I remember it clearly. Sitting down for breakfast, I opened the Sydney Morning Herald to see the latest headlines in Australia for the day. As I shuffled through the paper, I finally landed upon the Technology section and then noticed pages and pages of “help wanted” adds.
We’ve had quite a bit of public scrutiny recently over how we’ve chosen to provide SSL access to Central for the last two years. At Sonatype, we have a history of investments in the Maven Central community, all of which are focused on improving the quality of the contents, increasing reliability and performance of delivery, and yes, even strengthening security which is often not popular (how many gripes can you find about why we require PGP signatures on artifacts?)
While Repository Health Checks are valuable, we just released something even better: the CLM 1.11 Dashboard. First of all, it helps you answer the first two critical open source vulnerability questions: did we ever use that and where is it? And, you can find out the answers to those questions in about three seconds.
Paul Roberts (@paulfroberts) at InfoWorld recently shared his perspective on “5 big security mistakes coders make”. First on his list was trusting third-party code that can’t be trusted. Paul shares: “If you program for a living, you rarely — if ever — build an app from scratch. It’s much more likely that you’re developing an application from a pastiche of proprietary code that you or your colleagues created, partnered with open source or commercial, third-party software or services that you rely on to perform critical functions.
In our recent open source developer survey we asked, what are the TOP FOUR characteristics considered when selecting a component? And since components are the building blocks used when creating an application, selecting the right one is an important choice. Not surprisingly, the most important characteristic for the selection are the features and capabilities provided by the component. After all, if the component doesn’t fulfill your requirements then why use it?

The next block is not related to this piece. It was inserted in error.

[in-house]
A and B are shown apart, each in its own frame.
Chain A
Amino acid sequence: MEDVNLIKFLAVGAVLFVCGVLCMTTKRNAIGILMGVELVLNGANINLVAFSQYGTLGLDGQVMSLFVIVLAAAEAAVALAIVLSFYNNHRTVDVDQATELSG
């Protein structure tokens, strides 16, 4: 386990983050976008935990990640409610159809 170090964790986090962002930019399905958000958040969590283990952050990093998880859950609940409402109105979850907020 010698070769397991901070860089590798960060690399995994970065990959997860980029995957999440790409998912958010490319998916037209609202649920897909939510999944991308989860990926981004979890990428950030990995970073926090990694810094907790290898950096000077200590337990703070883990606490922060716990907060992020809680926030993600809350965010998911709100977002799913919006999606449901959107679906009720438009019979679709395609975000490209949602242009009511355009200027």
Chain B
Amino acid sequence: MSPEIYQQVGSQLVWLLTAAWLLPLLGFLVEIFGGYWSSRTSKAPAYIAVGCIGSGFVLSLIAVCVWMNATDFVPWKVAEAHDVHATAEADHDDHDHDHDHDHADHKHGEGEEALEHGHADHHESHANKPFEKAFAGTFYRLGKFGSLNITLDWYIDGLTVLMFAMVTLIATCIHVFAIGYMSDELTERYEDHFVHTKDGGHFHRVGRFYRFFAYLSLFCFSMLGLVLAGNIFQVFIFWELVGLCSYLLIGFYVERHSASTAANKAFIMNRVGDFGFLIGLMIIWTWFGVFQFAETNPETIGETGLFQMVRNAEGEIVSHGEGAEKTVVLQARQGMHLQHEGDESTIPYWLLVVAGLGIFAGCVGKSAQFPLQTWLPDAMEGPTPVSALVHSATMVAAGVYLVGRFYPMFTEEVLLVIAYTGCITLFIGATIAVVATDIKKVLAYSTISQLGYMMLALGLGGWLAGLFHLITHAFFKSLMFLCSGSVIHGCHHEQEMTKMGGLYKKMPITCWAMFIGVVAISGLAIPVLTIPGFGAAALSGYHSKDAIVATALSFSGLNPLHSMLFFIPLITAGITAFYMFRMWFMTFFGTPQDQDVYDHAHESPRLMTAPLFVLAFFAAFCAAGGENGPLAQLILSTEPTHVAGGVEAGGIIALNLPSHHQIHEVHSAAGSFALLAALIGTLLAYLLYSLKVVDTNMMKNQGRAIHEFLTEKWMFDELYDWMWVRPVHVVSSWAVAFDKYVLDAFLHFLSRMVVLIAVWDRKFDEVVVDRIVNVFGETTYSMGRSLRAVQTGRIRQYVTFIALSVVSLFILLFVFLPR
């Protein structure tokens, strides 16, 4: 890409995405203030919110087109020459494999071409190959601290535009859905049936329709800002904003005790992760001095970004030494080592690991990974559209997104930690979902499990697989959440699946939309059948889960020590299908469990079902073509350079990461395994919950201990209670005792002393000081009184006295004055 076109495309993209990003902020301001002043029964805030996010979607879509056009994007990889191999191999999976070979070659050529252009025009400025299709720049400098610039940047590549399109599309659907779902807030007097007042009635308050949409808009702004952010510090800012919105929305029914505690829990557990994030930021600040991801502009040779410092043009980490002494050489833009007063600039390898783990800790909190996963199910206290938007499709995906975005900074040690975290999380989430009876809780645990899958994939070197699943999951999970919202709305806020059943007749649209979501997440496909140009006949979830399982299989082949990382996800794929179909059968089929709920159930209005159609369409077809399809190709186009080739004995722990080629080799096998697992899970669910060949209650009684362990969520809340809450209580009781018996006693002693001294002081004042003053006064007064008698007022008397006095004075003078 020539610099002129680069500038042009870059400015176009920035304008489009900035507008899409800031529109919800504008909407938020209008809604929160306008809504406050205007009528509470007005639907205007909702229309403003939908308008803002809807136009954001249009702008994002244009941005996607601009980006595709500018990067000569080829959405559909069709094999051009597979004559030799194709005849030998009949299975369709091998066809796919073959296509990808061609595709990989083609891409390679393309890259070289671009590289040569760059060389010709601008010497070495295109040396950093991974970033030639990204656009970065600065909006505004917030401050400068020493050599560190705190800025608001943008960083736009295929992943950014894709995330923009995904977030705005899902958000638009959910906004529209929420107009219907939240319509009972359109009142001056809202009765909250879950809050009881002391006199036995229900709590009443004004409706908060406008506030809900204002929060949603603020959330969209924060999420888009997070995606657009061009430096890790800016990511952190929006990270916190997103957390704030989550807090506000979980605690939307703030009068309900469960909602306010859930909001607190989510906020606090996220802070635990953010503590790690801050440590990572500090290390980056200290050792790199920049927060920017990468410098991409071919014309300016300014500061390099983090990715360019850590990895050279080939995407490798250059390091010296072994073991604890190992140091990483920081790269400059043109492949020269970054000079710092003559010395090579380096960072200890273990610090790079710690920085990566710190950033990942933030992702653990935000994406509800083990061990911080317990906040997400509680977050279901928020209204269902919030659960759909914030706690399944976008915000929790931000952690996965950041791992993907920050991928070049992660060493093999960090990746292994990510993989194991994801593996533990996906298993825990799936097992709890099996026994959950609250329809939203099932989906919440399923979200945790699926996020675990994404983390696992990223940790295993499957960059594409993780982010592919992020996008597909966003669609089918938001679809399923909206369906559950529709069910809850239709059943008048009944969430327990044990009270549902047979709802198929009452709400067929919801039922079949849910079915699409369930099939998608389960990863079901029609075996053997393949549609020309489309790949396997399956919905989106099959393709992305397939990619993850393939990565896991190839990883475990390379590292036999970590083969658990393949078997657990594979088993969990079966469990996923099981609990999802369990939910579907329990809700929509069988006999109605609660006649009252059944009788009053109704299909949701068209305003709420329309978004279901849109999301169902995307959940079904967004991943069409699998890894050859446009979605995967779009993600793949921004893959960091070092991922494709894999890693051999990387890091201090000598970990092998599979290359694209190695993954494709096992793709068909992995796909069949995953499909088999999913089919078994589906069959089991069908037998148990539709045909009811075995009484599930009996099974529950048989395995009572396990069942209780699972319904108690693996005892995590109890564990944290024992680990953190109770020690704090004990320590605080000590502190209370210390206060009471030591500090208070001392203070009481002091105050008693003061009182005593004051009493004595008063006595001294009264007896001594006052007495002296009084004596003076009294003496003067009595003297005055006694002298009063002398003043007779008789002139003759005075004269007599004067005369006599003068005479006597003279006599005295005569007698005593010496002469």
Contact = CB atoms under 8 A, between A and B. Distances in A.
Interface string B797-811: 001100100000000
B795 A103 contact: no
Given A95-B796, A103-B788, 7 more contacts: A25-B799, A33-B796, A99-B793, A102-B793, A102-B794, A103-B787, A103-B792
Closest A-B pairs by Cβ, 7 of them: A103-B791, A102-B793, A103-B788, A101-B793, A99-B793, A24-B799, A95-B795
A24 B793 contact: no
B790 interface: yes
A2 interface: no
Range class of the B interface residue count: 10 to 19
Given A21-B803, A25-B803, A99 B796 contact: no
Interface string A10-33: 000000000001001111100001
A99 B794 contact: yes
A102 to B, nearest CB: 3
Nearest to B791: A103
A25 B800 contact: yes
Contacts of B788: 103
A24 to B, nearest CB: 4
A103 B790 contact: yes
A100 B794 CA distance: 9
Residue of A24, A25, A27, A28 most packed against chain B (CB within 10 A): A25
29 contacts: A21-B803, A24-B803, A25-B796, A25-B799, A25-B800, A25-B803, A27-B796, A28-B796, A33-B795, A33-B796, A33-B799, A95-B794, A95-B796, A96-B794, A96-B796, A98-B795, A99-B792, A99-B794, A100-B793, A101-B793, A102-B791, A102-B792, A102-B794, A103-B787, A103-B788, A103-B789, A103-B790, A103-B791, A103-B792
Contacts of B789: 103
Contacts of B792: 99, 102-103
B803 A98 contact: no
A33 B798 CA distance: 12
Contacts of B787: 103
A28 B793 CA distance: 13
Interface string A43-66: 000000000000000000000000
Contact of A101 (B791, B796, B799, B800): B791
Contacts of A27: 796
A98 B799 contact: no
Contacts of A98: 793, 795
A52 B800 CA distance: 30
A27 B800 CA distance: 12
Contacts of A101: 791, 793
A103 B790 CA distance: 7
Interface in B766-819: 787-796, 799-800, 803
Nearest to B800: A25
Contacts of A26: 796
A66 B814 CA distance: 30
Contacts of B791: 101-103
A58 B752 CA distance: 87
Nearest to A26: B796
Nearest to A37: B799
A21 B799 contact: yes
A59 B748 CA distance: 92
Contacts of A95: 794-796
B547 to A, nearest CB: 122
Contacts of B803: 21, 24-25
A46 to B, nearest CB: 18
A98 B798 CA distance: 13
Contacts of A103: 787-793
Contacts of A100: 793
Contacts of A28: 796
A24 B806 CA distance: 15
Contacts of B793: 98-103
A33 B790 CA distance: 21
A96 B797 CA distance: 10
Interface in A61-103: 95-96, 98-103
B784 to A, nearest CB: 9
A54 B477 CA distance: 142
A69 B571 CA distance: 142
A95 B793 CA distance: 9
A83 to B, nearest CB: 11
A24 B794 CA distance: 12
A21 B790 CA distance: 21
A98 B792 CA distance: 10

Just the other day I was planning dinner for my family and thought it would be a great idea to bust out the Dutch oven I had to have, but rarely use, and make a nice stew. I ran to the grocery store to grab some fresh carrots, turnips, onions, a couple of Yukon Gold potatoes, and some fresh chicken (and a bottle of nice wine for the thirsty chef). I needed a quick start and an on-time finish. Or it would be another failed product delivery — followed by a rapid desire by my family to outsource.
Developers around the world are using BitBucket, Stash, Confluence, Jira and HipChat to help manage their projects. In the July 31 installment of Nexus Live, we’ll talk with Tim Pettersen, Developer Advocate at Atlassian. We’ll find out what’s in store for future releases and how his team is using Nexus to help manage their open […]
I can still recall (it actually pains me to count the years, so I refuse to) with perfect clarity the sound of my 1200 baud modem handshaking with my neighborhood’s local BBS. It’s a sound that so consistently produces a smile for me, I liken it to the crisp smell of air just before rain begins to fall; it’s something instantly recognizable.
The U.S. recently overtook France as the world’s largest wine market. And here at Sonatype, we can proudly say we’ve contributed to this achievement. By not only consuming our fair share of wine but by also being involved — outside of work — in crafting our own wines. Over the 4th of July holiday, I was able to enjoy some of the wine I’ve aged over the years. For the best wines, aging can create spectacular results years down the line. Unfortunately, the same cannot be said for code and components used in today’s applications. Where aging improves a fine wine, code ages more like milk.
There are two ways to motivate others to action: emotional appeal and fact based analysis. Our 2014 Open Source and Application Security survey results touched on both. We’ve run this survey for the past four years, but this time we decided to reveal the results in a new way. Rather than let our marketing team “spin” the results, we wanted to provide you a completely independent perspective focus on both open source development and application security. Adrian Lane, CTO and Security Analyst, at Securosis jumped at the chance. We provided him the raw survey results data and he agreed to write the analysis. We did not ask or direct him on what to write; in fact, Securosis’ Totally Transparent Research methodology does not allow companies like Sonatype to influence their research.